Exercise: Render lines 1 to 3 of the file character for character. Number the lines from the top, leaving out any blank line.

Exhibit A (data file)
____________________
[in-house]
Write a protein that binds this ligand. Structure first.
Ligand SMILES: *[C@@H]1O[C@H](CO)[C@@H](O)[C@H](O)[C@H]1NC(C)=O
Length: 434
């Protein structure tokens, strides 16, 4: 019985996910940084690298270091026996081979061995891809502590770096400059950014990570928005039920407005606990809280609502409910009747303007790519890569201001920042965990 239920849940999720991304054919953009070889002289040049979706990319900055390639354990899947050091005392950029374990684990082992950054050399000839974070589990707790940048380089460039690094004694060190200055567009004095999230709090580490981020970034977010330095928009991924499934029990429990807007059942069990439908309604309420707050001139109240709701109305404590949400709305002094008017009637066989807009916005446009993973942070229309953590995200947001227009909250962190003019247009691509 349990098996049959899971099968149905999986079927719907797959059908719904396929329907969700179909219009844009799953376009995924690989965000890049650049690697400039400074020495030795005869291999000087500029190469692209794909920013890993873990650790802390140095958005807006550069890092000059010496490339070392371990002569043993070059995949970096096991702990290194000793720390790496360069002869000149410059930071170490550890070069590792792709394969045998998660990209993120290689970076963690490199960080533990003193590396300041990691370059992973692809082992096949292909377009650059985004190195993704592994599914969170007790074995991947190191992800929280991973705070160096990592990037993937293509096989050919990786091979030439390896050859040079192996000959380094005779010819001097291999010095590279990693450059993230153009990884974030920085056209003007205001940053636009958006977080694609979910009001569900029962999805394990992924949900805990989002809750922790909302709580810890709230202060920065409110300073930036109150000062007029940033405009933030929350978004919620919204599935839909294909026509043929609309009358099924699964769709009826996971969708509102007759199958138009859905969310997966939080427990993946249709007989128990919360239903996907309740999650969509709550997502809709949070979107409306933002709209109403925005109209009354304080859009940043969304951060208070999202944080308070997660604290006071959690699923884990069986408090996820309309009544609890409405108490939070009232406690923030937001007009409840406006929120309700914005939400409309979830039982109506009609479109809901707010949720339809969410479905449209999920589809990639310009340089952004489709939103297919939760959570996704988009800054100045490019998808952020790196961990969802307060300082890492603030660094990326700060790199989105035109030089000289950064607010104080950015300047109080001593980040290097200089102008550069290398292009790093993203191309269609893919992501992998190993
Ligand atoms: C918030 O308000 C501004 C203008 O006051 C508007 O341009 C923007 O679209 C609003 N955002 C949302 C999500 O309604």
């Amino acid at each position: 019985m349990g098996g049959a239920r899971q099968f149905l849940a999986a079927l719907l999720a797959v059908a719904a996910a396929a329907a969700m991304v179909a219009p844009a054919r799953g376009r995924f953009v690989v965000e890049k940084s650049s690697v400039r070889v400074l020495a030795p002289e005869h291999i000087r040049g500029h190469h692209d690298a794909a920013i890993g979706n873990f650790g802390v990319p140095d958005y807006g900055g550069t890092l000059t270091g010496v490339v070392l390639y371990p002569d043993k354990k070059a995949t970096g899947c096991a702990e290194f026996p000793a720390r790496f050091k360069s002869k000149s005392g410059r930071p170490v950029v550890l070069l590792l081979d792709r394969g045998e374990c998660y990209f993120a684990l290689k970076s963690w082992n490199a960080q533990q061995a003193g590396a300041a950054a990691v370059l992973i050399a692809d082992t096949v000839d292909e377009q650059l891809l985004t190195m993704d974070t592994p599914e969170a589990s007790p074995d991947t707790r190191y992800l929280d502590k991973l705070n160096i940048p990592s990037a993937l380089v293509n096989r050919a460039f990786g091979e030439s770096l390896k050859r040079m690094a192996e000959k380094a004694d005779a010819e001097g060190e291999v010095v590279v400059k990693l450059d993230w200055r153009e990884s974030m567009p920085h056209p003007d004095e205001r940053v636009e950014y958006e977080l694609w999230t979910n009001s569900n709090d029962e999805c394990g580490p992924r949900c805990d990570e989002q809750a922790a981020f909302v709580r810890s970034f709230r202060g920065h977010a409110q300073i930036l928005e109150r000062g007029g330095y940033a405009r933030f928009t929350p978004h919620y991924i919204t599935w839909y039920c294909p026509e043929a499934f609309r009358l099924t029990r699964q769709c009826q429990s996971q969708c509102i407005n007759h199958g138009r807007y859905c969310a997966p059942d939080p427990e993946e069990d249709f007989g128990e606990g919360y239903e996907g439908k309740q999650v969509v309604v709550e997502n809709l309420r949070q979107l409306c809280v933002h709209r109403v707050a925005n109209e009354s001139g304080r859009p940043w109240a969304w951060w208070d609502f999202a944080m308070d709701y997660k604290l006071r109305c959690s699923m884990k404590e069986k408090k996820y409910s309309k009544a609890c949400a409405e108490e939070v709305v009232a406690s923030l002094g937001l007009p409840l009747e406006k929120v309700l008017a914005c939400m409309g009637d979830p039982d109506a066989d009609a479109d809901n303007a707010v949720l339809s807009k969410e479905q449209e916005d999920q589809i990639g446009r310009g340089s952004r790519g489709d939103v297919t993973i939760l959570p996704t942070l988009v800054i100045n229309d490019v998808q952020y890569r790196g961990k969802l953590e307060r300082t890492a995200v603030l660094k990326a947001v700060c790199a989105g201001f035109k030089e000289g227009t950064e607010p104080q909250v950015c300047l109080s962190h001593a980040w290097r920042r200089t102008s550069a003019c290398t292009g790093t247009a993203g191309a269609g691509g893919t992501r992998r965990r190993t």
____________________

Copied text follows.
[in-house]
Write a protein that binds this ligand. Structure first.
Ligand SMILES: *[C@@H]1O[C@H](CO)[C@@H](O)[C@H](O)[C@H]1NC(C)=O